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#2811
Dr. Rich Blundell
Participant

Jennifer and Karen, thanks for the feedback and kind words! Glad you are liking the philosophy behind the app.

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There is so much to love about Dewey. There is, of course, the well-understood value of experience-as-education, but one of my favorite insights of Dewey’s is how he articulated the reciprocal of this. In other words, yes, there can be great educational value in our experiences, this is pretty clear, but what about the value of education-as-experience?! This 180-degree interpretation is rarely articulated or seriously pursued in education.

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And Dewey does not use the term “experience” lightly. He offers a rich description of experience that is imbued with meaning. He goes so far as to distinguish between ordinary, run-of-the-mill experience (lowercase “e”) and AN Experience (uppercase “E”). For Dewey, AN Experience has a narrative quality to it; it piques interest, motivates further investigation, and culminates with personally meaningful payoffs (epiphanies??). This is MUCH more than just seeing the value of experience in education, it is about the experiential value of education itself. When learning is AN Experience first, it can be more meaningful – as opposed to just factual knowledge.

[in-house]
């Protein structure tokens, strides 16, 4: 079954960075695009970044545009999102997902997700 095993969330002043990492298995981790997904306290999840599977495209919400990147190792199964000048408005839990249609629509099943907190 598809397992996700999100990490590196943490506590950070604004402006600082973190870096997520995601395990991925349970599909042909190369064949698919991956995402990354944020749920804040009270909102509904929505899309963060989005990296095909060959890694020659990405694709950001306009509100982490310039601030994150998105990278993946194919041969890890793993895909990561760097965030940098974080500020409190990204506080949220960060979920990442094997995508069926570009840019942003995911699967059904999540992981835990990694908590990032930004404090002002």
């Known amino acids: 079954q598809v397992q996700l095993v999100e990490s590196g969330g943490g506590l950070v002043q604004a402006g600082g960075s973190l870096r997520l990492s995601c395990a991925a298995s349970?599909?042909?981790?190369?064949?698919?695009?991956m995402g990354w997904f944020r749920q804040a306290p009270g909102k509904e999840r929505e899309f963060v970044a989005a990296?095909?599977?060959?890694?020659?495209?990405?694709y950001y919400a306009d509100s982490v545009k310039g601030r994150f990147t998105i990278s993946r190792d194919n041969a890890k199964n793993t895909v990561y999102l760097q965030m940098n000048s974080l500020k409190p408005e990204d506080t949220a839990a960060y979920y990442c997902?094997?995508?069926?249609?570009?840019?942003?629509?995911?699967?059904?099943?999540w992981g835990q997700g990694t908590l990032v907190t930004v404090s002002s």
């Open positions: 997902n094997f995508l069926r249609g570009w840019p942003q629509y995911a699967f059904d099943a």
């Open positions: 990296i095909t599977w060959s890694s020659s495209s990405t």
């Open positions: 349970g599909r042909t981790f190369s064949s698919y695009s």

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For those not inclined to download my article (Which is available here by the way), this is one of the essential arguments I am making both in the article and putting into practice (hopefully) through the app.

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The other fundamental tactic of the app (not So much Dewey’s as my own – or perhaps Goethe’s) is to provide a phenomenological opportunity (or lived-experience) upon which to build conceptual knowledge. My argument here is that we are more inclined to understand and construct integral knowledge on a phenomenological foundation. This is another important subject altogether but I think it is critical for building empathy.

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The way I see it, Dewey was way ahead of his time. It’s only now, 8 decades later, that the technology has caught up and we are able to provide the kind of rich “in situ” learning Experiences (uppercase E) that Dewey was advocating for.

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Rich